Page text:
Defined benefit plans have valuable tools to deal with tumultuous market events such as Standard & Poor's downgrading of the United States credit rating. Those tools include a complex array of asset classes, investment instruments and allocation strategies, as well as great access to expert consultants and money managers.
But defined contribution plan participants tend to be without even a basic tool: an investment policy to guide their allocations to meet their long-term objectives.
Defined contribution plan sponsors should provide defined contribution participants with better tools, drawing creatively on their own experience, or investment management industry experience with defined benefit plans.
They have sought to make up for the lack of sophisticated tools and investment options by adding target-date funds. But the funds, once thought of as a solution to provide long-term growth and controlled risk, have come under criticism because they assume one size fits all for each group of participants. They also often use simplistic asset allocation strategies and a narrow choice of investment alternatives.
Plan sponsor investment education efforts are worthwhile and improving. But they go only so far in keeping up as the markets become more volatile and investments more complex. Defined contribution investment portfolio choices are limited. Participants often are confused about how to allocate for long-term asset growth, and how to determine an appropriate risk level and achieve that level. Besides, for participants, the management of their defined contribution assets can be no more than a part-time pursuit.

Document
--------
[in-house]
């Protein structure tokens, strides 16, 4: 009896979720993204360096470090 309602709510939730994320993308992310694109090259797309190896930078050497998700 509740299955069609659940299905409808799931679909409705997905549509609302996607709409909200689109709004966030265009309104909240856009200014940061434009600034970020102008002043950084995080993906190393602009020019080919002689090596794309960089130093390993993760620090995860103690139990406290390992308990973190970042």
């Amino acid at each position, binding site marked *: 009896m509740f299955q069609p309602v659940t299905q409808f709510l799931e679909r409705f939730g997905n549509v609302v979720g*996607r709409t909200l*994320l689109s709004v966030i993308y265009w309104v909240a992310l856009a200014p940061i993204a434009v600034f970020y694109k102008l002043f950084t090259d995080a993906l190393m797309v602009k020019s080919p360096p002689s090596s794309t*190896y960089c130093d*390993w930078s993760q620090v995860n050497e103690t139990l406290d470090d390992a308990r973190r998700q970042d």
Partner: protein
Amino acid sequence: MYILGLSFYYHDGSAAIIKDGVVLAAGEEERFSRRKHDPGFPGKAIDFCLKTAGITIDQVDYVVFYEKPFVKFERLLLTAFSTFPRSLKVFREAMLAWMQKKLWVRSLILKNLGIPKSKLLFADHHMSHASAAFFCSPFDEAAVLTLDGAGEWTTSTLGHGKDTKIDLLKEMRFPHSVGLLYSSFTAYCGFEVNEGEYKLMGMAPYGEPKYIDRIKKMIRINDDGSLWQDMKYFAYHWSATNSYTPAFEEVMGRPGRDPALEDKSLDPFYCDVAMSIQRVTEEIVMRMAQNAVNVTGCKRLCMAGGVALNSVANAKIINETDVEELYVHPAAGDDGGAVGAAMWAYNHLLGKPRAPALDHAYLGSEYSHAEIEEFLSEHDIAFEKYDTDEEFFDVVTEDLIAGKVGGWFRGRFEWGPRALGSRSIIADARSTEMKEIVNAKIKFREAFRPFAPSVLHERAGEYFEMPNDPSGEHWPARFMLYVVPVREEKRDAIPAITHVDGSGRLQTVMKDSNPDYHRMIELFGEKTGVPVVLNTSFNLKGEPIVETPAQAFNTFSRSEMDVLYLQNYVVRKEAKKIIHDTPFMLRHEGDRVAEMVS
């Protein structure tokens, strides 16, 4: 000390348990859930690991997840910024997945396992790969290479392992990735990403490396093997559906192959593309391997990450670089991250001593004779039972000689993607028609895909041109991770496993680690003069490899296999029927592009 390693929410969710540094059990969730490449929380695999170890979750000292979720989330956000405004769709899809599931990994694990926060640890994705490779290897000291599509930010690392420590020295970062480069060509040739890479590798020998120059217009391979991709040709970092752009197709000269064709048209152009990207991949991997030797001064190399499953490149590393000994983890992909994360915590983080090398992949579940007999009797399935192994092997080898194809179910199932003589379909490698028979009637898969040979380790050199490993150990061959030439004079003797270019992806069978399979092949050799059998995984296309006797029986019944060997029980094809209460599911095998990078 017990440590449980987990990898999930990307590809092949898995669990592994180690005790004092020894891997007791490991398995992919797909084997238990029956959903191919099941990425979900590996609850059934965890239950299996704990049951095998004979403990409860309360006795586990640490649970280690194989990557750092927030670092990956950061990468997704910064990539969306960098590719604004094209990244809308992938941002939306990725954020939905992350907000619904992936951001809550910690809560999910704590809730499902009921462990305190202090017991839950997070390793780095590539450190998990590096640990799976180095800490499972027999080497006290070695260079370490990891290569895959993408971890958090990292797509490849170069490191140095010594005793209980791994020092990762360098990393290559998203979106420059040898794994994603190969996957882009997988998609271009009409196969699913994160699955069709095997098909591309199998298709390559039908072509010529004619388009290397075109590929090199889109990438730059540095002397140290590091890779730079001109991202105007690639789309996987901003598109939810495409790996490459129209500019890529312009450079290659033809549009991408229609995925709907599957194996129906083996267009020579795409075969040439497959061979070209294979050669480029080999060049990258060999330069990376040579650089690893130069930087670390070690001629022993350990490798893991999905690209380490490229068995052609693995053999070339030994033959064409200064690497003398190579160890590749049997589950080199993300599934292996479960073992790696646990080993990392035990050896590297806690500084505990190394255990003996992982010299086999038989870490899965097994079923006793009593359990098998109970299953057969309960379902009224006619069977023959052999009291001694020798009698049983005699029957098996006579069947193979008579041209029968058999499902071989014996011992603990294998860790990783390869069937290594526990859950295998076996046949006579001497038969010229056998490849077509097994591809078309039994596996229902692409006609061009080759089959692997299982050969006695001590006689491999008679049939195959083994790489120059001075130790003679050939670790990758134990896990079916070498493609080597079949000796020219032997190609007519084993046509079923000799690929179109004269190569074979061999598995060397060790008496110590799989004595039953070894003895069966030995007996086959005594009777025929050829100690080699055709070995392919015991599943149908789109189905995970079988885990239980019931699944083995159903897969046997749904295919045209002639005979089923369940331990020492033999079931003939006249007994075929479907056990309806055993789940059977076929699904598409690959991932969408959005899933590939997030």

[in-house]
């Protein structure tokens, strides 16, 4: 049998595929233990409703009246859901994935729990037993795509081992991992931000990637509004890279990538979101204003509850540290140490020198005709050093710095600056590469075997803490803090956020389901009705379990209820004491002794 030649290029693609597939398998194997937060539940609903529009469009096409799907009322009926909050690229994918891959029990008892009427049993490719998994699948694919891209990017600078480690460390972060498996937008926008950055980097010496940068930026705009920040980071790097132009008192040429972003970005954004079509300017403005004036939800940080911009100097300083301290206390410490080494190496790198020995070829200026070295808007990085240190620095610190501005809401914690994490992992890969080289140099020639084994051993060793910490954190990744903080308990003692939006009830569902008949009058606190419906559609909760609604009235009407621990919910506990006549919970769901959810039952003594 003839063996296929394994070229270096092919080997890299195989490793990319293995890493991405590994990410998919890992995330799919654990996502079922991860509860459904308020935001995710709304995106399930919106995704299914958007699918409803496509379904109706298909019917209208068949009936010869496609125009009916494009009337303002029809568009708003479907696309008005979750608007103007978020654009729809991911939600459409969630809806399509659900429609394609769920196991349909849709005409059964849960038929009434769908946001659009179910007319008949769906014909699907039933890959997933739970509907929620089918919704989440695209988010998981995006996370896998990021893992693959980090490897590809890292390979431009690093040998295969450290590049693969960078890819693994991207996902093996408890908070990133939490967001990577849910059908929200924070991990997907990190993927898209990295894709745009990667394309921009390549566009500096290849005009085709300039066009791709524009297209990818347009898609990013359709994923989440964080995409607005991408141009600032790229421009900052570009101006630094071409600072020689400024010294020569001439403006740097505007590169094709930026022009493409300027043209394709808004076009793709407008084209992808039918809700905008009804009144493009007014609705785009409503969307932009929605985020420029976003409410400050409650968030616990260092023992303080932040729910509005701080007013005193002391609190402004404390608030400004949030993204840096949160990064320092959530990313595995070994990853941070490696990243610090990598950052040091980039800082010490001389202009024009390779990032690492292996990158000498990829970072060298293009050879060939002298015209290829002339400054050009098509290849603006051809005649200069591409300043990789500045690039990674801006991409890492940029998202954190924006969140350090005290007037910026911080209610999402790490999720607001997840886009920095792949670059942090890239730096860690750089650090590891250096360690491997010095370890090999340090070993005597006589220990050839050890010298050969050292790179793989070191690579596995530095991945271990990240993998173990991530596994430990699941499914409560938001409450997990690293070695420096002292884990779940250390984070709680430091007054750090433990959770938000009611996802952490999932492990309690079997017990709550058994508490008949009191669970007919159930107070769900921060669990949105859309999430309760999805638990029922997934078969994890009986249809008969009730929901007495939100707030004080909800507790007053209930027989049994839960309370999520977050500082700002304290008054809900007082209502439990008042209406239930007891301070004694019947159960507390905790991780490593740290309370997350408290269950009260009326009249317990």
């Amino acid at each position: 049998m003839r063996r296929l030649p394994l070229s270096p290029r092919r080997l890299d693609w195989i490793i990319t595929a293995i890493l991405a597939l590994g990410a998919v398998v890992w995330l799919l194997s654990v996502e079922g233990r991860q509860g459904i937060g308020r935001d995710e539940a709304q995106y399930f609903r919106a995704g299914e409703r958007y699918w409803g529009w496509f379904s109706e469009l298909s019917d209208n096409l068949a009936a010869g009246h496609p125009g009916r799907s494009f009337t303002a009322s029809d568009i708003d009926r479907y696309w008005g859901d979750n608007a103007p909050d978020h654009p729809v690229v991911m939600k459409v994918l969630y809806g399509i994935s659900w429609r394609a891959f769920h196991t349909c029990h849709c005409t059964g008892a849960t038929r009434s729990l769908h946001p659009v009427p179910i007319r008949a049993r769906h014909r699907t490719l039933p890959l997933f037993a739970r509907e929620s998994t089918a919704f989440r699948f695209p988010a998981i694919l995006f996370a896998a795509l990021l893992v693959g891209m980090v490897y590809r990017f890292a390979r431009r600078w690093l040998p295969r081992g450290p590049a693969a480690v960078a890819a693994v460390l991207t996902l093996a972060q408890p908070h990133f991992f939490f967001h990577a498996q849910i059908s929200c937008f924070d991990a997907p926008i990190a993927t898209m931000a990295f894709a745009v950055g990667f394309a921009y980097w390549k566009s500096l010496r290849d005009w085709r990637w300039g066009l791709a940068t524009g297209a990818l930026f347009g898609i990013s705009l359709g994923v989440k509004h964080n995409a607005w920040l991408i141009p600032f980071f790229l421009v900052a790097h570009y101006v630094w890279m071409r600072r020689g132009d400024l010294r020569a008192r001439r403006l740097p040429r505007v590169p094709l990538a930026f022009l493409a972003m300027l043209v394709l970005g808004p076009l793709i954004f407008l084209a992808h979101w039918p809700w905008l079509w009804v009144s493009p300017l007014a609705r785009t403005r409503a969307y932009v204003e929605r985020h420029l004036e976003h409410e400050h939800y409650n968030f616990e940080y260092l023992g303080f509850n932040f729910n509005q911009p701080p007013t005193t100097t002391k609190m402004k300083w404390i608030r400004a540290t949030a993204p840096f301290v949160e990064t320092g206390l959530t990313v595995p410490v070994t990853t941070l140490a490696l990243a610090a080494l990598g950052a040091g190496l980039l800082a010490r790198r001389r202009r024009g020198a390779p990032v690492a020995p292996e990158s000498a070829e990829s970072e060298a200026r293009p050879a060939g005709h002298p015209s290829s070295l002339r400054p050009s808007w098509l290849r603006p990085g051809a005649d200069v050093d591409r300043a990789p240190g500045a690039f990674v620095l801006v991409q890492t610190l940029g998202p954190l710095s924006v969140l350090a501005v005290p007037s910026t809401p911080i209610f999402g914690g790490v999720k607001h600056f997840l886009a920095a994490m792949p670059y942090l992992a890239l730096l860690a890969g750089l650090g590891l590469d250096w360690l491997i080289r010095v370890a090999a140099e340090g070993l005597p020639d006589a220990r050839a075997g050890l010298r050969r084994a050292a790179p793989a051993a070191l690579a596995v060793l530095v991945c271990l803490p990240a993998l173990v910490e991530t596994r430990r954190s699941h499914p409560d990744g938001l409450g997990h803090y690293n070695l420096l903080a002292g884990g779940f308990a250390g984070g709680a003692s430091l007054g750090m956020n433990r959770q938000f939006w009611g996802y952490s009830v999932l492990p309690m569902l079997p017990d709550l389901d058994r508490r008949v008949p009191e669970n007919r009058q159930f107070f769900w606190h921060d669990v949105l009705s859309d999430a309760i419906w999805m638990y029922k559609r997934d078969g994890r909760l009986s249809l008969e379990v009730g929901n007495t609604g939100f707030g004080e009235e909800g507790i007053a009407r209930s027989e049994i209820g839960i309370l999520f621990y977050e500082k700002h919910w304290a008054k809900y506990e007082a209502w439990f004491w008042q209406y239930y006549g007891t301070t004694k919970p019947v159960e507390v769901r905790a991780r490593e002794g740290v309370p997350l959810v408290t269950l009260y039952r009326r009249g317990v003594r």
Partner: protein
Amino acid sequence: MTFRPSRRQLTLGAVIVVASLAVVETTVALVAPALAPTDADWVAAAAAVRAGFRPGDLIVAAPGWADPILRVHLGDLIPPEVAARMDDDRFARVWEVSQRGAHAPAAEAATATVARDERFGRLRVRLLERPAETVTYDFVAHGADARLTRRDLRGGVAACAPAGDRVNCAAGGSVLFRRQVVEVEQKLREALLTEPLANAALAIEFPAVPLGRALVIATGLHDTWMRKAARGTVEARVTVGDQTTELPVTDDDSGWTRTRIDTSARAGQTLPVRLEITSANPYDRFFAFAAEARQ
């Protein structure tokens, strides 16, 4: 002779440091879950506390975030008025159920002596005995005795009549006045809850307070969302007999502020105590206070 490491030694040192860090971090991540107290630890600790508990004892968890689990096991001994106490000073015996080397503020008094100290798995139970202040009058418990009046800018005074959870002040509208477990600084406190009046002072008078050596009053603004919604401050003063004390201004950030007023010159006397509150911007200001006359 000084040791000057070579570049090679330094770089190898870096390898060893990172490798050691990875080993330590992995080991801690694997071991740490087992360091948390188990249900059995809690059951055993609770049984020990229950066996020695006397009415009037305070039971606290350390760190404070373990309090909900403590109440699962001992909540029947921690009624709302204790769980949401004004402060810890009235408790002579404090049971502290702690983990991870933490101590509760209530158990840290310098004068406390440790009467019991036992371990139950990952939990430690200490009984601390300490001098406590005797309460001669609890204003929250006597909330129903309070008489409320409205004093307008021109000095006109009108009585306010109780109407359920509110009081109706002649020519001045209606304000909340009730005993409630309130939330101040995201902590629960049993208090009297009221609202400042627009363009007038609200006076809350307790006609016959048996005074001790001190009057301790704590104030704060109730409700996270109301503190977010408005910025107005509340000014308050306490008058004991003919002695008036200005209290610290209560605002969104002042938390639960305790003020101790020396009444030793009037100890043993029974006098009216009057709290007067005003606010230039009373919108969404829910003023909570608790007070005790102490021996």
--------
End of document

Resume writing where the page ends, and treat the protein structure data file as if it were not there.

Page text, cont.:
For defined contribution plans to succeed, the tools available have to provide better ways to help participants manage and oversee their plans and objectives for the long term, and not just offer more allocation choices.
Neither defined benefit plan sponsors nor defined contribution plan participants can afford to keep shoveling increasing and unforeseen contributions into their plans to make up for unfavorable markets, as has occurred this year. The plans will be unsustainable. This is a primary reason corporations have terminated their defined benefit plans. Likewise, while it may seem defined contribution plan participants have no choice but to stay in the game, they can always stop contributing.
Defined contribution plan sponsors, with the help of consultants and managers, need to find ways to incorporate defined benefit management techniques into their DC plans to help the participants manage their assets.
That effort would profit everyone, and at the same time tend to dampen market volatility by reducing the impulsive short-term reactions of at least some groups of institutional investors.